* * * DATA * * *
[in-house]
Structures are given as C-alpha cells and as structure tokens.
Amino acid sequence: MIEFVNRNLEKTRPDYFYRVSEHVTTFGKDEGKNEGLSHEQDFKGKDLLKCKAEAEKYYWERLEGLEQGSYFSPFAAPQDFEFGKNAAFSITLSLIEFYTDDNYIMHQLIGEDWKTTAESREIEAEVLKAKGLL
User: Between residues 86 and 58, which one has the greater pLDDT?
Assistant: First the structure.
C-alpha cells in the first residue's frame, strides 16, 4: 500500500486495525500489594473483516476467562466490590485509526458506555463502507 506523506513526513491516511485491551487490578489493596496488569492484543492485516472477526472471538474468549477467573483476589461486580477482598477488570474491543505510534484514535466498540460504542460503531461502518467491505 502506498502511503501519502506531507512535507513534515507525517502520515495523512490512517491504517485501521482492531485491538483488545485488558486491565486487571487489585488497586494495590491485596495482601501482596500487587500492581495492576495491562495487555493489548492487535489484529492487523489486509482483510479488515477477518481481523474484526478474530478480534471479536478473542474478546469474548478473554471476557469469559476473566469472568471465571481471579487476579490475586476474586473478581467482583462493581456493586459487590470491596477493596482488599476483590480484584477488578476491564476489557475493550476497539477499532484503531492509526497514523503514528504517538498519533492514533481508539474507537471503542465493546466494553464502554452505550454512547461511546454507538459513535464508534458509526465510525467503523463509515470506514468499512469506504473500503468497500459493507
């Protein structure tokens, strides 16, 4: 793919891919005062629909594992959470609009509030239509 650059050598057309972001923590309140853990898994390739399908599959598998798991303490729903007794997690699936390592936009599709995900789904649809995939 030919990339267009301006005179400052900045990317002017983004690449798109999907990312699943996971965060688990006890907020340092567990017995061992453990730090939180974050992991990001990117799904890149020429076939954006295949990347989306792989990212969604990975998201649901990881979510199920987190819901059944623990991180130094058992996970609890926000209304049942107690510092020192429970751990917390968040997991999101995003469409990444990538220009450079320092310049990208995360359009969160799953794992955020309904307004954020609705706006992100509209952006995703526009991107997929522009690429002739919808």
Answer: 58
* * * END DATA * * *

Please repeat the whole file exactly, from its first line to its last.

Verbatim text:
[in-house]
Structures are given as C-alpha cells and as structure tokens.
Amino acid sequence: MIEFVNRNLEKTRPDYFYRVSEHVTTFGKDEGKNEGLSHEQDFKGKDLLKCKAEAEKYYWERLEGLEQGSYFSPFAAPQDFEFGKNAAFSITLSLIEFYTDDNYIMHQLIGEDWKTTAESREIEAEVLKAKGLL
User: Between residues 86 and 58, which one has the greater pLDDT?
Assistant: First the structure.
C-alpha cells in the first residue's frame, strides 16, 4: 500500500486495525500489594473483516476467562466490590485509526458506555463502507 506523506513526513491516511485491551487490578489493596496488569492484543492485516472477526472471538474468549477467573483476589461486580477482598477488570474491543505510534484514535466498540460504542460503531461502518467491505 502506498502511503501519502506531507512535507513534515507525517502520515495523512490512517491504517485501521482492531485491538483488545485488558486491565486487571487489585488497586494495590491485596495482601501482596500487587500492581495492576495491562495487555493489548492487535489484529492487523489486509482483510479488515477477518481481523474484526478474530478480534471479536478473542474478546469474548478473554471476557469469559476473566469472568471465571481471579487476579490475586476474586473478581467482583462493581456493586459487590470491596477493596482488599476483590480484584477488578476491564476489557475493550476497539477499532484503531492509526497514523503514528504517538498519533492514533481508539474507537471503542465493546466494553464502554452505550454512547461511546454507538459513535464508534458509526465510525467503523463509515470506514468499512469506504473500503468497500459493507
């Protein structure tokens, strides 16, 4: 793919891919005062629909594992959470609009509030239509 650059050598057309972001923590309140853990898994390739399908599959598998798991303490729903007794997690699936390592936009599709995900789904649809995939 030919990339267009301006005179400052900045990317002017983004690449798109999907990312699943996971965060688990006890907020340092567990017995061992453990730090939180974050992991990001990117799904890149020429076939954006295949990347989306792989990212969604990975998201649901990881979510199920987190819901059944623990991180130094058992996970609890926000209304049942107690510092020192429970751990917390968040997991999101995003469409990444990538220009450079320092310049990208995360359009969160799953794992955020309904307004954020609705706006992100509209952006995703526009991107997929522009690429002739919808």
Answer: 58